Wayne County

From Ohio History Central
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Wayne County map.jpg

Many historic American Indian groups called what we know today as Wayne County home, long before the arrival of European settlers. These American Indian Tribes included the Shawnee Tribe, Chippewa Tribe, Ojibwa Tribe, Lenape (Delaware) Tribe, Wyandot Tribe, Eel River Tribe, Kaskaskia Tribe, Haudenosaunee (Iroquois Confederacy), Myaamia (Miami) Tribe, Munsee Trbe, Seneca-Caygua Tribe, the Ottawa Tribe, Piankashaw Tribe, Sauk Tribe, Potawatomi Tribe, Seneca Tribe and Wea Tribe.

Today's Wayne County, Ohio, was included in the land designated as Indian Territory in the The Treaty of Greenville (1795). In 1796, the government of the Northwest Territory authorized the creation of a Wayne County, which included much of what would later become northern Ohio, as well as all of the lower peninsula of Michigan, and most of the upper peninsula. With the creation of Ohio in 1803, this Wayne County was incorporated into Michigan Territory and later became today's Wayne County, Michigan. The boundaries for Wayne County, Ohio, as it exists today, was created in 1808, but the county government was not established until 1812 by the State of Ohio.

Residents named the county in honor of General "Mad" Anthony Wayne, the victor at the Battle of Fallen Timbers in 1794. Among the county's earliest residents were members of the Amish Christian religious group. Wayne County's Amish community is now one of the largest in the United States. Many other early settlers were of German origin. It is believed that Wayne County resident August Imgard put up the first Christmas tree in Ohio in 1847.

In 1796, the government of the Northwest Territory authorized the creation of Wayne County. Residents named the county in honor General Anthony Wayne, the victor at the Battle of Fallen Timbers in 1794. Among the county's earliest residents were members of the Amish Christian religious group. Wayne County's Amish community is now one of the largest in the United States. Many other early settlers were of German origin. It is believed that Wayne County resident August Imgard put up the first Christmas tree in Ohio in 1847.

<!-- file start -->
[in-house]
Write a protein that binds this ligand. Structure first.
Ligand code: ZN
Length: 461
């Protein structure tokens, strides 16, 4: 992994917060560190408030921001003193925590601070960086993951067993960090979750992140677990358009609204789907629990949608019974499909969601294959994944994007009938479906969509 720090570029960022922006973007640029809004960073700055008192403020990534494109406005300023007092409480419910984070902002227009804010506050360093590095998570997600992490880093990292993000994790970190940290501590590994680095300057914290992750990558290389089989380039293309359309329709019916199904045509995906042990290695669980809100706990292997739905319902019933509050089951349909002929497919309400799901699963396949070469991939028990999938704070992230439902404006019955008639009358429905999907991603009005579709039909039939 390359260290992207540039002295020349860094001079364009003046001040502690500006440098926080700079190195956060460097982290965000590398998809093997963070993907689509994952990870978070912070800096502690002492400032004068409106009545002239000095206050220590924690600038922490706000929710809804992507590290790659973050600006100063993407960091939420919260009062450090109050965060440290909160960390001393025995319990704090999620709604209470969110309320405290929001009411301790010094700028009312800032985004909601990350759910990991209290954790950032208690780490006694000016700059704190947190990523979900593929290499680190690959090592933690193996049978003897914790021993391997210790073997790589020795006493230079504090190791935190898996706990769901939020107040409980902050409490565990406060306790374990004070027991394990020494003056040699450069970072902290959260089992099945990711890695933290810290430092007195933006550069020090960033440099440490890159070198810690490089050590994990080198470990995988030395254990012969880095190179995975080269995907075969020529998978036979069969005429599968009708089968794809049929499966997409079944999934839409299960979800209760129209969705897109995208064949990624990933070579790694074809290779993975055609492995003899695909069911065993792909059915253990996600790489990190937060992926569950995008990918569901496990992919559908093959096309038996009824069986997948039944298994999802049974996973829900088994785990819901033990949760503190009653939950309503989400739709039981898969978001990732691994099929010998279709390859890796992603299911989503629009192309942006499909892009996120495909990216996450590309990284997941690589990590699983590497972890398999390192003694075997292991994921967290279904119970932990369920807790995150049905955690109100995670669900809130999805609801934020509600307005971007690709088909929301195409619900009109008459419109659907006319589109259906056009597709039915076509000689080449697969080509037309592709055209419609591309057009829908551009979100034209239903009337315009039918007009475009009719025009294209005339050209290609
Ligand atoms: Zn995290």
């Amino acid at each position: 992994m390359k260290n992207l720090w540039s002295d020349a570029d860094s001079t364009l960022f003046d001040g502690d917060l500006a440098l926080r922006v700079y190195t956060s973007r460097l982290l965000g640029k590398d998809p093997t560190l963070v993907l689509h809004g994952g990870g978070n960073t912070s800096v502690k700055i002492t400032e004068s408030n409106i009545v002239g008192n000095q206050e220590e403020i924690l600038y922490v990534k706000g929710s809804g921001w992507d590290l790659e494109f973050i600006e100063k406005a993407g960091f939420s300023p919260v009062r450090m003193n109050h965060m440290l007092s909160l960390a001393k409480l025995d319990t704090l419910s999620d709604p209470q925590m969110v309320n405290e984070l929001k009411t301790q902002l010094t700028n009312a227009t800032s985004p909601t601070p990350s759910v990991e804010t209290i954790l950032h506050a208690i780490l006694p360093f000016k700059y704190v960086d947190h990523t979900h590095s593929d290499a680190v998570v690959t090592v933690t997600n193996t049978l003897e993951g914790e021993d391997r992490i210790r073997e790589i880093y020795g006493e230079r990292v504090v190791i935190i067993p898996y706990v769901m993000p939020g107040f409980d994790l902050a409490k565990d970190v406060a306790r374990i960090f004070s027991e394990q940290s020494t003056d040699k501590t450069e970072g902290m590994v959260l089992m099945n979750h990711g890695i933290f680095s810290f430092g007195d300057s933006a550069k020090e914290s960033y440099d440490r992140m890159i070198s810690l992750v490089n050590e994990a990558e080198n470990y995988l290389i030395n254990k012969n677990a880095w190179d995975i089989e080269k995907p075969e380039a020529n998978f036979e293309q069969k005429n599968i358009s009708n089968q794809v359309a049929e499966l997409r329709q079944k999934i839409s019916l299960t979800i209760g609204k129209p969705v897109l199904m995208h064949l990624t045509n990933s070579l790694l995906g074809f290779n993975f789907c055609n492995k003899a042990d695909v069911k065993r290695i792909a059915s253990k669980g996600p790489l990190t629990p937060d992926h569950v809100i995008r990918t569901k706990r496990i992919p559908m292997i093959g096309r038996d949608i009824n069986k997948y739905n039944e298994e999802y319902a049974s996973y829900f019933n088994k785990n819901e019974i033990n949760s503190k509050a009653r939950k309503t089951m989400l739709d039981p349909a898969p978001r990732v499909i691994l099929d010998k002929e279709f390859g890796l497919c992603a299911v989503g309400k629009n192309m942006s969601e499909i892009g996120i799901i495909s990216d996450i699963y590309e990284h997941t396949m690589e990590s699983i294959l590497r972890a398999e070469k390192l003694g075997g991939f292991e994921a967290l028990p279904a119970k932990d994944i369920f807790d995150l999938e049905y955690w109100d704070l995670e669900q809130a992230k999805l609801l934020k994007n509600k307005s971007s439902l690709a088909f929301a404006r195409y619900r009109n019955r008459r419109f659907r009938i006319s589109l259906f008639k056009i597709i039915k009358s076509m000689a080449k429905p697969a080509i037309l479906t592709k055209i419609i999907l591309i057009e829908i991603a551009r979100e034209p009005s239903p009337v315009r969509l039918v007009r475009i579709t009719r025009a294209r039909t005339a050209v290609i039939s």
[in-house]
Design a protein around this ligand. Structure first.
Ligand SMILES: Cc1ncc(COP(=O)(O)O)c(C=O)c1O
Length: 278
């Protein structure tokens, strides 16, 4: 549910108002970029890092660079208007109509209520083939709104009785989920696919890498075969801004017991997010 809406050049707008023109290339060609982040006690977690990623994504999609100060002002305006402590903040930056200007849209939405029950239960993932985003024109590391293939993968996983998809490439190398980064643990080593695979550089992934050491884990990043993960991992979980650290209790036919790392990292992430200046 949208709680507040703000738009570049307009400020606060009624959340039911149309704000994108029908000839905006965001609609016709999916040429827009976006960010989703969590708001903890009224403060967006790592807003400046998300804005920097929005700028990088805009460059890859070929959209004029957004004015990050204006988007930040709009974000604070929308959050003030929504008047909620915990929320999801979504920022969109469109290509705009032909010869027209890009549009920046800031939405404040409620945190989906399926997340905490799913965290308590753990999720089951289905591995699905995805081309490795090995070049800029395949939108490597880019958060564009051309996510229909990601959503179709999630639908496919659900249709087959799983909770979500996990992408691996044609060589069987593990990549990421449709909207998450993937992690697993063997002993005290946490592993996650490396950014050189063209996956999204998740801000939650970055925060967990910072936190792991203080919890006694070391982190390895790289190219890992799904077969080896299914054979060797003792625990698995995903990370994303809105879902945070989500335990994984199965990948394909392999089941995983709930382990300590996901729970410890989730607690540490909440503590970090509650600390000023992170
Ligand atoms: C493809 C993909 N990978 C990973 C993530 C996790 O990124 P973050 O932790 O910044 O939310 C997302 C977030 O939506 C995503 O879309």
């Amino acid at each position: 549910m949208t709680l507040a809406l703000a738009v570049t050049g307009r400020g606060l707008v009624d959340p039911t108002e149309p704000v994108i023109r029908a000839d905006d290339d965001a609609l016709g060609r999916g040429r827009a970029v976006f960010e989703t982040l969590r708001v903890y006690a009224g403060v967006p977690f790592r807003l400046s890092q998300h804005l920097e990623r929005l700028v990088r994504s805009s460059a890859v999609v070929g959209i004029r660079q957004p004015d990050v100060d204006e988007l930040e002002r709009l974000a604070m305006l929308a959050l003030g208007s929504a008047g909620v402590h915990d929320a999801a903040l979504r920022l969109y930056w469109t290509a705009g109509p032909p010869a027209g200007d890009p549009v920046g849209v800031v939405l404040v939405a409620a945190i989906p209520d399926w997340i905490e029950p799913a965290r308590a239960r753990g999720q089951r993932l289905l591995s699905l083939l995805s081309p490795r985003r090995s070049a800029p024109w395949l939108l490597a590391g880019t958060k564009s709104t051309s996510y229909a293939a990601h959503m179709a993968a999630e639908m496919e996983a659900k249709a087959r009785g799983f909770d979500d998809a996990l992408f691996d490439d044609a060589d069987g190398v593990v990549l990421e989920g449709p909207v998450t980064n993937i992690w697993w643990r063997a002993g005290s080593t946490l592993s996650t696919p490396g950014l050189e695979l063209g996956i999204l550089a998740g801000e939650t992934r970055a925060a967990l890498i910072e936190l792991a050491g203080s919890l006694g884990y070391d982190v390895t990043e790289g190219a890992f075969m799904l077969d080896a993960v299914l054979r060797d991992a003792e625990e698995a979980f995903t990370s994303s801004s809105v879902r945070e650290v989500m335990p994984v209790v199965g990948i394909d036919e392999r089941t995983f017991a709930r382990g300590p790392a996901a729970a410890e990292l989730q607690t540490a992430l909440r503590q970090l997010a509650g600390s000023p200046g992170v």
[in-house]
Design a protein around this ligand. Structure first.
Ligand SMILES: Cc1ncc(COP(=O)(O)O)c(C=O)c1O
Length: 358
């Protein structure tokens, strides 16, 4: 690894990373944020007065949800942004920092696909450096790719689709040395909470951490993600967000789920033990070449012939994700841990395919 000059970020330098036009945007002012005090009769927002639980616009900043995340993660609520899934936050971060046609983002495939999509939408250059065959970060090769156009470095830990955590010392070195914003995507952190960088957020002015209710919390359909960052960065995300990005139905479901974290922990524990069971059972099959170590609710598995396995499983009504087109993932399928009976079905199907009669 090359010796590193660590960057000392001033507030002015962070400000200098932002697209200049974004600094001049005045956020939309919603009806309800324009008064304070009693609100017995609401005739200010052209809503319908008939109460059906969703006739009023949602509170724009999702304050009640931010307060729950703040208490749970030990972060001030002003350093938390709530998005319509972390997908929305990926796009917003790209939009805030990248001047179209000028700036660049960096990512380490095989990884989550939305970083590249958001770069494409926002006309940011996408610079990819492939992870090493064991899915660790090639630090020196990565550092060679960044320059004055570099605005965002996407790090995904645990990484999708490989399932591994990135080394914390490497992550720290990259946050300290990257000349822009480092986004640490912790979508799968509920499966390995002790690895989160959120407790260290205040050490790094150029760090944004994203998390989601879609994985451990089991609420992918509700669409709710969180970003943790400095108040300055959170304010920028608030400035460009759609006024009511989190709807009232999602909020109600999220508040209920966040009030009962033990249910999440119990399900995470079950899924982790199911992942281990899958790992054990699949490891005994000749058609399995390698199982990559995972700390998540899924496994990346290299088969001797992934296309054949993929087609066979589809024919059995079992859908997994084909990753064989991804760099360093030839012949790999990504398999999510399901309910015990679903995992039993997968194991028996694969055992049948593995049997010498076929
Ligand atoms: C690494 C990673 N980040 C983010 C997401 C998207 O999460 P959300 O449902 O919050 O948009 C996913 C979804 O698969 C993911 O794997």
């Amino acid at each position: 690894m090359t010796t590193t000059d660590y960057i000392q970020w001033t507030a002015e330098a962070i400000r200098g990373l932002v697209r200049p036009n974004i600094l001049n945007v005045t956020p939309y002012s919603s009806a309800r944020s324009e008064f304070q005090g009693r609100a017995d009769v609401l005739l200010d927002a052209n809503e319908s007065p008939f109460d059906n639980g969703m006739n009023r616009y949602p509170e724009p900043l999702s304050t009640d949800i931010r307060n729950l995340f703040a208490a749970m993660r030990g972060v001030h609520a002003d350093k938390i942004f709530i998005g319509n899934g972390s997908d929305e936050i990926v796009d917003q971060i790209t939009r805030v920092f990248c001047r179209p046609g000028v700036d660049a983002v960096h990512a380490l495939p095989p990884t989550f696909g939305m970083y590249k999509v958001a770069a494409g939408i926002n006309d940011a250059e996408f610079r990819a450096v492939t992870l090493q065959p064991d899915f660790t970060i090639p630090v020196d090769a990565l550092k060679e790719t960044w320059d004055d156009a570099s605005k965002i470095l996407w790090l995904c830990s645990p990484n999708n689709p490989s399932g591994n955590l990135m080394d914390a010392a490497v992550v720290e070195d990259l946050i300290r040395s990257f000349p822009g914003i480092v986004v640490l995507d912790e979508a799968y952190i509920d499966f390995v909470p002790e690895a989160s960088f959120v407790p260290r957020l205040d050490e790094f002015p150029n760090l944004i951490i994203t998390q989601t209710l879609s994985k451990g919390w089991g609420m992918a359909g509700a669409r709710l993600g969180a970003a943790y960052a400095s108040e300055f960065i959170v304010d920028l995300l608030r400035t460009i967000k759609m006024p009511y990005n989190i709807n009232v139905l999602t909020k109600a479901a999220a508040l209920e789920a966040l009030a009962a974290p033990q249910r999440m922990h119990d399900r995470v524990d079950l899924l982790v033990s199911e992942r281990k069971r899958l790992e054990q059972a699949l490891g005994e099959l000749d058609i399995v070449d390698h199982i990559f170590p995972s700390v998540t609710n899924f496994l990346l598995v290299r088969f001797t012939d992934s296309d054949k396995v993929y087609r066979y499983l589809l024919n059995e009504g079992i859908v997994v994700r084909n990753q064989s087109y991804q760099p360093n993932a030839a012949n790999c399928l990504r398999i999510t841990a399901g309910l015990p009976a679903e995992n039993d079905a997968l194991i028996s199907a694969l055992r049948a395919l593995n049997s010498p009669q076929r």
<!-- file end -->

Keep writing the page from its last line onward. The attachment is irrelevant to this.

Wayne County is located in northeastern Ohio. It is predominantly rural, with less than two percent of the county's 555 square miles consisting of urban areas. The county seat is Wooster. With a population of 24,811 people, Wooster was the county's largest community in 2000. Wayne County experienced a ten per cent increase in population between 1990 and 2000. The total population of the county in 2000 was 111,564 people. The county averages 201 people per square mile.

Manufacturing businesses employ the largest number of workers in Wayne County, but farming is a close second. Within Ohio, Wayne County farmers rank first in oat and hay production. Wayne County is the home of the Ohio Research and Development Center for Agriculture. In 1999, the per capita income in the county was 23,776 dollars, with 8.8 percent of the people living in poverty.

Most voters in Wayne County claim to be independents.

Wayne County is home to the College of Wooster.


See Also